Franken-Coleman Update: 206 Votes!
As of 03:31:10 pm Central Standard Time today, Norm Coleman’s lead over Al Franken has dropped to 206 votes:
As Nate Silver explains at FiveThirtyEight.com, any cuts in Norm’s lead before the results are finalized this week is really bad news for Coleman:
Until now, however, we have been assuming that ballot tabulation errors are equally likely to favor Franken and Coleman — but this is probably not the case. Why not? There is substantial evidence that undervotes and overvotes are significantly more common among what we might call vulnerable voters — in particular, minorities, elderly voters, low-income and low-education voters, and first-time voters. A 2001 study for the House Committee on Government Reform, found that undervoted ballots were more than twice as common in minority-heavy, low-income precincts than in predominately white, upper-income precincts — even when using the relatively reliable, precinct-based optical scanning system that Minnesota uses. (The discrepancies are significantly higher when using less reliable technologies like punch cards.)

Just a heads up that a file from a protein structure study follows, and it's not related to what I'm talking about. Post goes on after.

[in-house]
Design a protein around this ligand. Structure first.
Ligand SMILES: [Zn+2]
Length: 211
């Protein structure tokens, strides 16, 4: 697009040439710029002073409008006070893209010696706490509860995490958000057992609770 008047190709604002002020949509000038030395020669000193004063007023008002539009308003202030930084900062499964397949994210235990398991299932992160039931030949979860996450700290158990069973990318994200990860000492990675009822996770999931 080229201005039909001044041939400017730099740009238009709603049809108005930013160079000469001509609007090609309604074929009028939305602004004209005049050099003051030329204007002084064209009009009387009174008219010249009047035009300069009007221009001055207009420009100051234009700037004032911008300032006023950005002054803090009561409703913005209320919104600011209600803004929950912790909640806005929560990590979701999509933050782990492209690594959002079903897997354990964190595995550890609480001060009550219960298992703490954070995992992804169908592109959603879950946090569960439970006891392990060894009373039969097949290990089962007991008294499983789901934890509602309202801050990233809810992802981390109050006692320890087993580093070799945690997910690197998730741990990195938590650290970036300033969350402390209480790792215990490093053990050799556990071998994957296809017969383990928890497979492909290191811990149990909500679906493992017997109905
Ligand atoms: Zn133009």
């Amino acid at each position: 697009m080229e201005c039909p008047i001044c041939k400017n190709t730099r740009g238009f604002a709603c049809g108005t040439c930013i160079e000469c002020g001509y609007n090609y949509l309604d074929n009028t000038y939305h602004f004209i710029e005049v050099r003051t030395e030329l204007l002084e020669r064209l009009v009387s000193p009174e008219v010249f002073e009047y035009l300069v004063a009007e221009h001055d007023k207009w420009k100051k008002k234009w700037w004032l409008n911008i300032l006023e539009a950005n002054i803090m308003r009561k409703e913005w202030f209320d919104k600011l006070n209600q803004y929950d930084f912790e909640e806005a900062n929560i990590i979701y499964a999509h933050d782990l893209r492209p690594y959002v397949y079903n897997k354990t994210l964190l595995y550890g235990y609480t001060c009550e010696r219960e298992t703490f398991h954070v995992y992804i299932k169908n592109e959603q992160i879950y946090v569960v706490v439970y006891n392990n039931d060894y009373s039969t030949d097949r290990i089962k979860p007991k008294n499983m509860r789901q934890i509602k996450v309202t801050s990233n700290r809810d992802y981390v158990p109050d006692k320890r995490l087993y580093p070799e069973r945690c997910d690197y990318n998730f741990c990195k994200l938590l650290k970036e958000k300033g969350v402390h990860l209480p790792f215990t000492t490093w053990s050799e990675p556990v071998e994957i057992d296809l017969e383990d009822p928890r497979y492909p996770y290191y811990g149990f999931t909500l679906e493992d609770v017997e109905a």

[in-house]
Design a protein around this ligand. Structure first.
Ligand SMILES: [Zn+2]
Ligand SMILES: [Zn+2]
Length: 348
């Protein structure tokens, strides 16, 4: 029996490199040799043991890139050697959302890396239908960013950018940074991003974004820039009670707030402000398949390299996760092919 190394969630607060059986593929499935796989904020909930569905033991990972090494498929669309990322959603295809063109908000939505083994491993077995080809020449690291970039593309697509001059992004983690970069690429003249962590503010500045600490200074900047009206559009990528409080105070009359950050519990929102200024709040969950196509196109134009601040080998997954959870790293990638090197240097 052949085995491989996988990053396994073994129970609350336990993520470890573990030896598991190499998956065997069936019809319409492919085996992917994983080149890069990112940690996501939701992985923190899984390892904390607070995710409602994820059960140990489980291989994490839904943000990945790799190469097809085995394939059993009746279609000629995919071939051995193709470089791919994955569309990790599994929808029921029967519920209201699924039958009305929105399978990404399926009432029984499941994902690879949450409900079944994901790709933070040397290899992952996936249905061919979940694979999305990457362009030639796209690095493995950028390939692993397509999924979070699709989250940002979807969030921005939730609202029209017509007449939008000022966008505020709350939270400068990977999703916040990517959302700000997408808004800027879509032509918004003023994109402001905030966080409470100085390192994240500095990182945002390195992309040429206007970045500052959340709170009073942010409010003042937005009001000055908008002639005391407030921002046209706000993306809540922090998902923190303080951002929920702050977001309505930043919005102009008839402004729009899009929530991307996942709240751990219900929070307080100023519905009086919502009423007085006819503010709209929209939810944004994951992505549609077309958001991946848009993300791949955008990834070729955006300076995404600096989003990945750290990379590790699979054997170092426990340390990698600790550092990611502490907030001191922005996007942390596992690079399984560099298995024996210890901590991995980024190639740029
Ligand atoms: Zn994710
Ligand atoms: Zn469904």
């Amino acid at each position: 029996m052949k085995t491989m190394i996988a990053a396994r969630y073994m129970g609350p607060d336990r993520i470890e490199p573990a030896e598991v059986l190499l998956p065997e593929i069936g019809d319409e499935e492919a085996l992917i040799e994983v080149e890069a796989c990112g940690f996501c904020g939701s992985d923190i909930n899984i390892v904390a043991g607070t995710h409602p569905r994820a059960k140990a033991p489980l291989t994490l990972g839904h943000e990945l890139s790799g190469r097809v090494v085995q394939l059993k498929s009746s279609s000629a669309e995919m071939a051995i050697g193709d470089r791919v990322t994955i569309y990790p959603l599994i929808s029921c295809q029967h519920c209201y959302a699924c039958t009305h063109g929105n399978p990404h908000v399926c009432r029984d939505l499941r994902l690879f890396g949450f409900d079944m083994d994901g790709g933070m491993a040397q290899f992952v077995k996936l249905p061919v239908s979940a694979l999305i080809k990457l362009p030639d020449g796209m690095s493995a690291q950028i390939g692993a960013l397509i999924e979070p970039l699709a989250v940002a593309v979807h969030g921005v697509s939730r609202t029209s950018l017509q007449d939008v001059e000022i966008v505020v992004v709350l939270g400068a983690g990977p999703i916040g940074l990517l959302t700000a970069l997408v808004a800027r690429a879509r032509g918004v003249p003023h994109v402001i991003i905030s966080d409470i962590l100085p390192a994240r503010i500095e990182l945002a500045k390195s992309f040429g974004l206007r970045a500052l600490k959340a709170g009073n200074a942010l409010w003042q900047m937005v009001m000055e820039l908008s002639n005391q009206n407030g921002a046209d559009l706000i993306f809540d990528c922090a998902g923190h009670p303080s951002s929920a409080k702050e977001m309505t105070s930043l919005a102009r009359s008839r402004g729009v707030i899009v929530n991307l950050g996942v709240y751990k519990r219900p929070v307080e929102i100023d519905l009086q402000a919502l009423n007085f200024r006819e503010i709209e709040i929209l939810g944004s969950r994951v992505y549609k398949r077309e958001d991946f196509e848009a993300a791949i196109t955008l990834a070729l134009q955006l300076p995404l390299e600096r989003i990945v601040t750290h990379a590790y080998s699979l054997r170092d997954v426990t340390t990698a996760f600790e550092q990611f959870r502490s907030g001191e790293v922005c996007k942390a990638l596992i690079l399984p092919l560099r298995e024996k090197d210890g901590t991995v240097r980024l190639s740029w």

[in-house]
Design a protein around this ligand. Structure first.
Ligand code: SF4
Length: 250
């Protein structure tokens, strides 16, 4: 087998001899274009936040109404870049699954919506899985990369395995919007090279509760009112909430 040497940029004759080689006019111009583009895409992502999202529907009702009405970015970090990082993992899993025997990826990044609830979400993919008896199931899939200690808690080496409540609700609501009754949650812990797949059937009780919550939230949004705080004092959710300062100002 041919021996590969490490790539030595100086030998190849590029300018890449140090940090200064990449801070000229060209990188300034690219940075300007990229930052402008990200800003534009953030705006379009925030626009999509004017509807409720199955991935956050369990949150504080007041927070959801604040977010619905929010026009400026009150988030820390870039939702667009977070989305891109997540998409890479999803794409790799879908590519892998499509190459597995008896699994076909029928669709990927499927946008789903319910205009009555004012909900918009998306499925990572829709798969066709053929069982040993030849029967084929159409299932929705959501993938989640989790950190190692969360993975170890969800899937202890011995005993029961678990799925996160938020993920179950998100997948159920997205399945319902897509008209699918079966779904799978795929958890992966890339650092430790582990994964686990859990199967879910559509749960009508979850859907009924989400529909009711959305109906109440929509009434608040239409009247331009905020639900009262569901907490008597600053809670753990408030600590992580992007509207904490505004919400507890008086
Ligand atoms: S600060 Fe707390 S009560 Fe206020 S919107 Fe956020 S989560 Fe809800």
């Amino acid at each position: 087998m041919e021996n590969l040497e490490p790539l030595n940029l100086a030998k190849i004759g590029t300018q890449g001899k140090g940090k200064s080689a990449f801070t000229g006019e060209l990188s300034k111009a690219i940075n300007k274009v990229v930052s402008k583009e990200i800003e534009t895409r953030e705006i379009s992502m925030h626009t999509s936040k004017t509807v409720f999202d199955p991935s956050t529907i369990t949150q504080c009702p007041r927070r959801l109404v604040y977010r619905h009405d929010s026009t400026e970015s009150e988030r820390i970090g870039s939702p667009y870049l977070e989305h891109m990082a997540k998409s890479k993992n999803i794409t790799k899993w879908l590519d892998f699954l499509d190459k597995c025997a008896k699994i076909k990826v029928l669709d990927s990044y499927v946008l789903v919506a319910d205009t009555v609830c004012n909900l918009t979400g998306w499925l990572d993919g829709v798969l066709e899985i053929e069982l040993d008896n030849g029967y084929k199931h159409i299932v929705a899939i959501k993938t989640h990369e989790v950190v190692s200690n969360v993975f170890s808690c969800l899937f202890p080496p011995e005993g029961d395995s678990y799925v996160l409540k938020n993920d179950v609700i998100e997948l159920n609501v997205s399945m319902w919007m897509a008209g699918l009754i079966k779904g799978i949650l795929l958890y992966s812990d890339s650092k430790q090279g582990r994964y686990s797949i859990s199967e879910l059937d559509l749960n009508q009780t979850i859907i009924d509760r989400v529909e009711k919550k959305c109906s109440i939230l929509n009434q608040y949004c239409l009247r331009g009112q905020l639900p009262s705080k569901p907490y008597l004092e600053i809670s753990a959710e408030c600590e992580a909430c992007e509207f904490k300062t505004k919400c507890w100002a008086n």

While Minnesota’s elderly tended to favor Coleman, all the other groups cited in this paragraph of Nate’s did not. In fact, most of them went for Franken by large margins.
Nate, working from a 221-vote figure, gave Franken between a 39.3% and a 44.3% percent chance of winning; I suspect that, with the new 206-vote figure, the odds in favor of Franken may have topped 50%.